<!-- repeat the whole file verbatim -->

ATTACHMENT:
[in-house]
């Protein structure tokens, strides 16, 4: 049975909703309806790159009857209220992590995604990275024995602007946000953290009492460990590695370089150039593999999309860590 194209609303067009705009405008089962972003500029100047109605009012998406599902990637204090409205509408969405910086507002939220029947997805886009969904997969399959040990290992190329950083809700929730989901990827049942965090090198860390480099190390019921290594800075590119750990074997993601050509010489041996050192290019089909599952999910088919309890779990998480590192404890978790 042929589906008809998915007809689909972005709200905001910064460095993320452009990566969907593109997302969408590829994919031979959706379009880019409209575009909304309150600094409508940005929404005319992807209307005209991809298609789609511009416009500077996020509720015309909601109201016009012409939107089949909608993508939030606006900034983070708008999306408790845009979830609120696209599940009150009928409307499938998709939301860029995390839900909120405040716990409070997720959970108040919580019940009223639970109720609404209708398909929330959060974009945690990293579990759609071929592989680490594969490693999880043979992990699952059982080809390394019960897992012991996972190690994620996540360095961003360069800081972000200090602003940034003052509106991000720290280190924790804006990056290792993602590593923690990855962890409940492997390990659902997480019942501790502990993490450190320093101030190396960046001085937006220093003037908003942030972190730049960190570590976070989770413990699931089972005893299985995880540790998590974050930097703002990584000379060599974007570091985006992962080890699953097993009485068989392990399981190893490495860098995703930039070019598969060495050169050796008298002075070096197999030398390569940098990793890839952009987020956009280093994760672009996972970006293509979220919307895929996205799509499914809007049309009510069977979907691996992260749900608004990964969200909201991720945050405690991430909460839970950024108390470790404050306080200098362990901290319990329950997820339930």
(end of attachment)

[in-house]
């Protein structure tokens, strides 16, 4: 049975909703309806790159009857209220992590995604990275024995602007946000953290009492460990590695370089150039593999999309860590 194209609303067009705009405008089962972003500029100047109605009012998406599902990637204090409205509408969405910086507002939220029947997805886009969904997969399959040990290992190329950083809700929730989901990827049942965090090198860390480099190390019921290594800075590119750990074997993601050509010489041996050192290019089909599952999910088919309890779990998480590192404890978790 042929589906008809998915007809689909972005709200905001910064460095993320452009990566969907593109997302969408590829994919031979959706379009880019409209575009909304309150600094409508940005929404005319992807209307005209991809298609789609511009416009500077996020509720015309909601109201016009012409939107089949909608993508939030606006900034983070708008999306408790845009979830609120696209599940009150009928409307499938998709939301860029995390839900909120405040716990409070997720959970108040919580019940009223639970109720609404209708398909929330959060974009945690990293579990759609071929592989680490594969490693999880043979992990699952059982080809390394019960897992012991996972190690994620996540360095961003360069800081972000200090602003940034003052509106991000720290280190924790804006990056290792993602590593923690990855962890409940492997390990659902997480019942501790502990993490450190320093101030190396960046001085937006220093003037908003942030972190730049960190570590976070989770413990699931089972005893299985995880540790998590974050930097703002990584000379060599974007570091985006992962080890699953097993009485068989392990399981190893490495860098995703930039070019598969060495050169050796008298002075070096197999030398390569940098990793890839952009987020956009280093994760672009996972970006293509979220919307895929996205799509499914809007049309009510069977979907691996992260749900608004990964969200909201991720945050405690991430909460839970950024108390470790404050306080200098362990901290319990329950997820339930």